being longer than others to support the web in its reater diameter. The oval form gives desira le results in reflecting the light to the best advantage for photographing urposes. It will be observed, especially by reference to Fig. 1,. that the combined reflector and'diffuser stands at an inclined angle, so as to reflect the light downwardly onto a subject, and by reason of the concavity of its reflecting surface, the light ma be reflected in an approximately horizonta direction and also toward both sides of the subject, both directly and crosswise,"the reflecting surface not being polished or brightbut having dull the light without focusing it. The upper portion of the web has an aperture t therein near its edge around'which is a protecting ring it prefercomposed of asbestos or similar material, to which is attached a suitable number of eyes 1;. A shading reflector comprises a concavo-convex back w and sides w and w, and a curved bottom as as in Fig. 1, or having. a flat bottom a: as in Fig. 3, the reflector be ing provided with a suitable number of hooks y at the top thereof adapted to be connected to the eyes '0, and a suitable electric lamp 2 may be hung above the opening if when the apparatusis used in a photographic studio, and the lamp may be lowered by any suitable means through the opening t into the shadin reflector, am: the latter Wlll concentrate an reflect the light against the concave side 1) of the combined'reflector and diffuser while preventing the direct light from falling on the subject which will be opposite the side p. The shading reflector may of course be made so as to be folded if desired, and when desired to use flash lights therein, it preferably has the flat bottom a: on which to roduce the light, either by exploding suitab e powder or by means of a lamp. When chemicals are employed in producing a flash light and smoke and fumes result, a hood 8 isprovided which is to be placed above the opening 25 and has a flexible tube 9. A suction fan 10 may be provided having a case 11 to which the tube 9 is to be connected, so that the fan will draw away and expel the fumes, it being preferable to place the fan at an opening in the wall of the building in which the operations ma be performed.

t is to be understood that various ma; terials may-be em loyed in construction f the apparatus, an if desired the shading reflector may be suitably supported independently of the combined re ector and difto a wagon umbrella, whichin some cases may be a convenient form of construction, but the invention is not limited to such specific construction. g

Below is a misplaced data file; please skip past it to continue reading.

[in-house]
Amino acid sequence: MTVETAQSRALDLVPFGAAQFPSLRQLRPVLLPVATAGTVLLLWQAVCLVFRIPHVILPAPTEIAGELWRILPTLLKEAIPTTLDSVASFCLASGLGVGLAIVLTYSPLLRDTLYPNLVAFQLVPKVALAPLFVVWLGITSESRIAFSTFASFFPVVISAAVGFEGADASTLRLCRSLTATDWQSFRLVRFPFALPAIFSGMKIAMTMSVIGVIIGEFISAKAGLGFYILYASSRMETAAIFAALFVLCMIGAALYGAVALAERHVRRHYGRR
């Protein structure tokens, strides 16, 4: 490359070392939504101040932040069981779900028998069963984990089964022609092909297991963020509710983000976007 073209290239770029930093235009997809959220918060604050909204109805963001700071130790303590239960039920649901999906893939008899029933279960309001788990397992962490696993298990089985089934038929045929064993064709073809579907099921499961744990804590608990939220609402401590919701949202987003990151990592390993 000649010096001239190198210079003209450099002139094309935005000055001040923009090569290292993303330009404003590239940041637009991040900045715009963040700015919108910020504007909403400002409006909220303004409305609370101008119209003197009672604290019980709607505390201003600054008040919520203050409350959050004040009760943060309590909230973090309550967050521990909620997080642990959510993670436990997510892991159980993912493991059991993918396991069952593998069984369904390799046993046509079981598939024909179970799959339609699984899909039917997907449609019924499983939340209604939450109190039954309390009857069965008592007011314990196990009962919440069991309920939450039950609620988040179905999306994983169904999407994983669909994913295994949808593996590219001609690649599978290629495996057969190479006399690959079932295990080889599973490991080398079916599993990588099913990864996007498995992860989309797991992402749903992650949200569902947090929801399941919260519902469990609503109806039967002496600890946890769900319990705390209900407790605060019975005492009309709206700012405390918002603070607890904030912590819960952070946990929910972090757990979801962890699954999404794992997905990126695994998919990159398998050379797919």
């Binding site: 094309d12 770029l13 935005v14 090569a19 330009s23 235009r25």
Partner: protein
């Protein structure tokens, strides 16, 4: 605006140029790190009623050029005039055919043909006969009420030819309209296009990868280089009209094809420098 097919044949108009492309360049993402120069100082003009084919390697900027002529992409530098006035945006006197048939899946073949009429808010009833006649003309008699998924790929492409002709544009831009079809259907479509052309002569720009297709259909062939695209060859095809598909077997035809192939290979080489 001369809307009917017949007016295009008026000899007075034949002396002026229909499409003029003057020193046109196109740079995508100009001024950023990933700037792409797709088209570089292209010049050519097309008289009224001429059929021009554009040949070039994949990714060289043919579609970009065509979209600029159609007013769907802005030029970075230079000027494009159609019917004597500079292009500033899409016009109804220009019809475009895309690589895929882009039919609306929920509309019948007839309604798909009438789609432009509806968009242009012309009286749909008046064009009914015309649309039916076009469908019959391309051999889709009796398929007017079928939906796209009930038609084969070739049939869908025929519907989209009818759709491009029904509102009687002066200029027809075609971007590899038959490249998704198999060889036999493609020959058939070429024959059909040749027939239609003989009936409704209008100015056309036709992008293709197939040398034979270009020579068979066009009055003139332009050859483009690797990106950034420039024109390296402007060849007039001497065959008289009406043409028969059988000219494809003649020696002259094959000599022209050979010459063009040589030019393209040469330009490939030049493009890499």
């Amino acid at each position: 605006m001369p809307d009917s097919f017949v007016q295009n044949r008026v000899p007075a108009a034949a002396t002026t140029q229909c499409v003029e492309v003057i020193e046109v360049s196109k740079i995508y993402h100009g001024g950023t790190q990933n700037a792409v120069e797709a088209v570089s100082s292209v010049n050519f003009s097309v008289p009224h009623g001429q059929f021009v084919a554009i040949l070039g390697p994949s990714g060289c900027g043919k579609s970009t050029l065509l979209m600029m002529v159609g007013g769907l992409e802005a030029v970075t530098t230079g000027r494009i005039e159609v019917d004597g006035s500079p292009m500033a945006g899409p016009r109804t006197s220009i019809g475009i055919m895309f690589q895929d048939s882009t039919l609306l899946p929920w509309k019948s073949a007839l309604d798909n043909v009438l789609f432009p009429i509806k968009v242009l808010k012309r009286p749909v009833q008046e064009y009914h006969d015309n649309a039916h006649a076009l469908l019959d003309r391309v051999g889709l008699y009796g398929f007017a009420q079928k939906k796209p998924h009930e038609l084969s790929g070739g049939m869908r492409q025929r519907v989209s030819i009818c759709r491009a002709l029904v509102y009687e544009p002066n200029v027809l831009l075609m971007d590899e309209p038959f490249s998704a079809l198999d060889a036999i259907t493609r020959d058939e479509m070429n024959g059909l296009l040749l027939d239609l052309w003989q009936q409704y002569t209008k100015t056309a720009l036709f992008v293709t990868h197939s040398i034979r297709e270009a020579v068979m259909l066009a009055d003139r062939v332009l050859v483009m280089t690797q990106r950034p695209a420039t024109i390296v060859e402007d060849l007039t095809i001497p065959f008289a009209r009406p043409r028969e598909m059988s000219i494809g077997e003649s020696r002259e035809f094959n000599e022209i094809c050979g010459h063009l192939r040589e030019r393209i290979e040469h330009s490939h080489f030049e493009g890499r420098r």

In practical use, as will be ap arent, the

apparatus may be readily folde for transportation or unfolded and set u for use. The combined reflector and diffiiser may suitably be adjusted so as to be slightly higher than'the photographic camera, and may stand near the camera without interfering with the range of vision while the object is arranged op osite to the concave side 1) and shaded by t e back w of the shading reflector. When the light is produced in the shading reflector, the back and'sides and the bottom thereof together concentrate and reflect the light only against the reflecting side p of the combined reflector and diffuser, so that the subject need not be exposed to the direct rays of light, the light being reflected in a subdued degree and effectually diffused over the subject, as will be apparent, the improved result being due partlally to the various angles of the different portions of the web between the frame ribs m whereby the light is reflected at many different angles. The results also will be better obtained if the ribs and other portions of the frame-work opposite to the side 1) be coated with white paint. The standard of course may be moved more or less as may be required to throw the light roperly upon the subject.